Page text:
Samuel Goldwyn beckoned next; Goldwyn was a prominent independent film producer who had a knack for making movie stars. Colman accepted Goldwyn's offer to make a film and made a second trip to Hollywood - it was to be very different from his first visit.
Goldwyn signed his new star to a long-term contract in May of 1924. It was the beginning of a collaboration that would last ten years and produce 18 movies. In a Hollywood of Fairbanks and Valentino, Chaplin and Clara Bow and the Barrymores, Colman would become a top star of silent films.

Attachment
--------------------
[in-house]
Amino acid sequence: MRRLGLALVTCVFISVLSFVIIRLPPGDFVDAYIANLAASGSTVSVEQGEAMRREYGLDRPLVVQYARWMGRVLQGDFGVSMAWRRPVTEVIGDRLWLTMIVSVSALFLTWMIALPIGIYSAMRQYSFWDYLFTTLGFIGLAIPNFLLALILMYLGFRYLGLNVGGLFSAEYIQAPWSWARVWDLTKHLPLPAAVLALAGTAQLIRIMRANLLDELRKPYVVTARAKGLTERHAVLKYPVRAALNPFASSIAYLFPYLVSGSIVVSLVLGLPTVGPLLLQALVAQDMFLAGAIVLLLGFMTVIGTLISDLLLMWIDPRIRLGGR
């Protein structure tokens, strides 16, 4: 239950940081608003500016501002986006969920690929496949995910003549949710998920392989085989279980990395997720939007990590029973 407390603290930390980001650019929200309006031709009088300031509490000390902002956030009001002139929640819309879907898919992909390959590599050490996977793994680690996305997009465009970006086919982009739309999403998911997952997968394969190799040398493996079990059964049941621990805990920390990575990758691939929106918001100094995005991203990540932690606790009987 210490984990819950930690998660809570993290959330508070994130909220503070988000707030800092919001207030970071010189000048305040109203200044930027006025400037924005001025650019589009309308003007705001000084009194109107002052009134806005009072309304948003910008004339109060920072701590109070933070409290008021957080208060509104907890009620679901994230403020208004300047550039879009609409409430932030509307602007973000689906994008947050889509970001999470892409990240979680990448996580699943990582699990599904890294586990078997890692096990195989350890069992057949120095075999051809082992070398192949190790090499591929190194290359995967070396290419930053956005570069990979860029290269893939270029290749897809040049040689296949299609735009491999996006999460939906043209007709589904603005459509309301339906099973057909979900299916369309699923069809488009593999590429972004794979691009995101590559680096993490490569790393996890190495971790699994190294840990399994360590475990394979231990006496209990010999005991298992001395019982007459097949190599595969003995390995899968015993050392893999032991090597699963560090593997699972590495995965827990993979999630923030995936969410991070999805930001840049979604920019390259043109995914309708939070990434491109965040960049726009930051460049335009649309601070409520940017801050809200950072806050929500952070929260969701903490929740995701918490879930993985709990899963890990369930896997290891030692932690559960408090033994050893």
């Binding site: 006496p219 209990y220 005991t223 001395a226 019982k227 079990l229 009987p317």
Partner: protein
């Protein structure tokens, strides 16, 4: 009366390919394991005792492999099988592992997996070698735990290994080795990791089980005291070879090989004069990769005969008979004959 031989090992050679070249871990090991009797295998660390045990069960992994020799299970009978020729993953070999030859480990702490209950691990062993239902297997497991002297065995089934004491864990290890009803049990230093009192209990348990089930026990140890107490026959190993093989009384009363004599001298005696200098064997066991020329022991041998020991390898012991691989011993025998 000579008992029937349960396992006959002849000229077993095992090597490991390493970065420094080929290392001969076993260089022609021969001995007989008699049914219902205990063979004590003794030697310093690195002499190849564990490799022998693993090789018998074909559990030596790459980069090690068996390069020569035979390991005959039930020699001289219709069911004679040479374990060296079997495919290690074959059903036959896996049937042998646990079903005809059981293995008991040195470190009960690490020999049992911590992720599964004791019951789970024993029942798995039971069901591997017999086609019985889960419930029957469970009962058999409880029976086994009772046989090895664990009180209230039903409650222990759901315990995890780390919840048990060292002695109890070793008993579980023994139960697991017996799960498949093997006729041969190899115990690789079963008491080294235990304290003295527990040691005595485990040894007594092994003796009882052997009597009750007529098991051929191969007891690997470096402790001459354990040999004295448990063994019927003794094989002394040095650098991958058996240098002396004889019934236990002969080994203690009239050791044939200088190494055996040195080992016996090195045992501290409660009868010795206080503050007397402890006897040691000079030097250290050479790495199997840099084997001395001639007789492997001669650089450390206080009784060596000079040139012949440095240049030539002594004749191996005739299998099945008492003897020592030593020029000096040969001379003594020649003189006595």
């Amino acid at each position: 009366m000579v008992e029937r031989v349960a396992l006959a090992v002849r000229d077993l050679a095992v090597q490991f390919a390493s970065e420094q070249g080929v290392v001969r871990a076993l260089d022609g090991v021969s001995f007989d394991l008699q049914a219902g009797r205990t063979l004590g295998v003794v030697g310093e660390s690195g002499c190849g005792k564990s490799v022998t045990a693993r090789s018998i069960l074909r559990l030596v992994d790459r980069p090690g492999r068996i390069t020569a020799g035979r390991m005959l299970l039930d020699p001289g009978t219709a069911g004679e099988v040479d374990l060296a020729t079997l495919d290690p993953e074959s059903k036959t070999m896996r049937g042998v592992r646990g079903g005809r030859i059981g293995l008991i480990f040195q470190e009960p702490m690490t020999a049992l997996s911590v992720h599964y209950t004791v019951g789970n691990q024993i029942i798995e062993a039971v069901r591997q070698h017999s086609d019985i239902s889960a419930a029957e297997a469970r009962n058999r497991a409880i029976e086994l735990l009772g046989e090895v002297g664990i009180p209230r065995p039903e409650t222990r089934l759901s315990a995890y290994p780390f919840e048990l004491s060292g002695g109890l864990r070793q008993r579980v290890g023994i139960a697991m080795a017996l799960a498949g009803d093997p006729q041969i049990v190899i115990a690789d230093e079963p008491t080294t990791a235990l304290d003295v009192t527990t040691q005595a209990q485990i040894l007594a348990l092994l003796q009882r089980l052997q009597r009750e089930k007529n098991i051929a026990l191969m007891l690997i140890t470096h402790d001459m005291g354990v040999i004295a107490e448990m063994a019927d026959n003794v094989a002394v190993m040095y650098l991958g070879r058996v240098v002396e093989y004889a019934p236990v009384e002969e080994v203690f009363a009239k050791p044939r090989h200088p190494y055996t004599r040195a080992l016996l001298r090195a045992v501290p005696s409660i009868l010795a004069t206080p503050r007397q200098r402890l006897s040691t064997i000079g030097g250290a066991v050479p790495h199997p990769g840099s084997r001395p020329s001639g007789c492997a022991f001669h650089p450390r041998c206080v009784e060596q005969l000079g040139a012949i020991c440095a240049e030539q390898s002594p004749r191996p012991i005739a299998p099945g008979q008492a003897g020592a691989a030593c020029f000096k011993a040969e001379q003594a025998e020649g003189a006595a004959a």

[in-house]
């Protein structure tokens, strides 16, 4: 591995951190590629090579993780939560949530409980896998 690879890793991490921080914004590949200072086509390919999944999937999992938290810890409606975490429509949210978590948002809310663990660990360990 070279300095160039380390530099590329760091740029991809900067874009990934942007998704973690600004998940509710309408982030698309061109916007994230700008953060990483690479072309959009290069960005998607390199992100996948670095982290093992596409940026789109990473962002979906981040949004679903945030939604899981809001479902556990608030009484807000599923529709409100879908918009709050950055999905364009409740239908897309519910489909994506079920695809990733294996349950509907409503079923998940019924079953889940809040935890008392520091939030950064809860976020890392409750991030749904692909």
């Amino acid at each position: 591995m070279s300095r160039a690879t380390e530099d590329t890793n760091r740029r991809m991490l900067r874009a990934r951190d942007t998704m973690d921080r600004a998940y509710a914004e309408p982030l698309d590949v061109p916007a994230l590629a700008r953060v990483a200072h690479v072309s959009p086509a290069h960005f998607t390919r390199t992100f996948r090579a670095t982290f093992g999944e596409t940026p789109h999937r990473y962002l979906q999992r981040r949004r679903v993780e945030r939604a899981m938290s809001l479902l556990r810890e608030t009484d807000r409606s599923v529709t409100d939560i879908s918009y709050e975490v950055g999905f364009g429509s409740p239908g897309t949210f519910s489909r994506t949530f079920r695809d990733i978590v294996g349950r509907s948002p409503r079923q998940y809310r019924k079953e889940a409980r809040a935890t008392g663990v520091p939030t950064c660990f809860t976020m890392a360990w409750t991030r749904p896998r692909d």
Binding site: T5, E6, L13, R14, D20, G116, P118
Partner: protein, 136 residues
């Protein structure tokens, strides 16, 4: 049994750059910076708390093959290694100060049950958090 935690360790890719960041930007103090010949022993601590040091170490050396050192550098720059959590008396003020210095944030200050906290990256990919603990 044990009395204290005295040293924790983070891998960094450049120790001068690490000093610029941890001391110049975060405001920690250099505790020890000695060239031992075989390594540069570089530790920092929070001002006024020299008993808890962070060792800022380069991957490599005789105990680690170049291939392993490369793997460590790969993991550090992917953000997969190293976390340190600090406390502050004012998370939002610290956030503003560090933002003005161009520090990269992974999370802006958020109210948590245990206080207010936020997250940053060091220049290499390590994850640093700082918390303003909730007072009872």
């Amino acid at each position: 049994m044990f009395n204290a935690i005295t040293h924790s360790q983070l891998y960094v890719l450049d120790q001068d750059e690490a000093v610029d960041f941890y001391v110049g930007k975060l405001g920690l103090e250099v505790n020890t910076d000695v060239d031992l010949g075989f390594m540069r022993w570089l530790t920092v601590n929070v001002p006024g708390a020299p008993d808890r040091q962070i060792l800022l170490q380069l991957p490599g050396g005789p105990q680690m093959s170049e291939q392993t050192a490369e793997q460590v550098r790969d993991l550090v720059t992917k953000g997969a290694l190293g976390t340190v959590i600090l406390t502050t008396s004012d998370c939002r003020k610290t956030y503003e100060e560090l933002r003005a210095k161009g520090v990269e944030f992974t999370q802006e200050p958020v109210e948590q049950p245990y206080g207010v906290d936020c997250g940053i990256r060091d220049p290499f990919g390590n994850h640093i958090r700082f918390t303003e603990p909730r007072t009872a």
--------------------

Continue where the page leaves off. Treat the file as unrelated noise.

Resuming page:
The film that cemented this position was 1926's "Beau Geste", the rousing tale of three brothers who join the Foreign Legion to escape the law; it was full of mystery, desert action, intrigue and above all, brotherly loyalty. Colman's gentlemanly courage and quiet strength were showcased to perfection in the role of the oldest brother, Beau. The film was one of the top money-makers of the silent era and is still referred to as possibly the greatest Foreign Legion film ever produced.
Film teams were the rage, and Goldwyn found a cinematic partner for Colman in Vilma Banky. The two would make five films together and their popularity rivaled that of other romantic film couples like Janet Gaynor and Charles Farrell, and Greta Garbo and John Gilbert.
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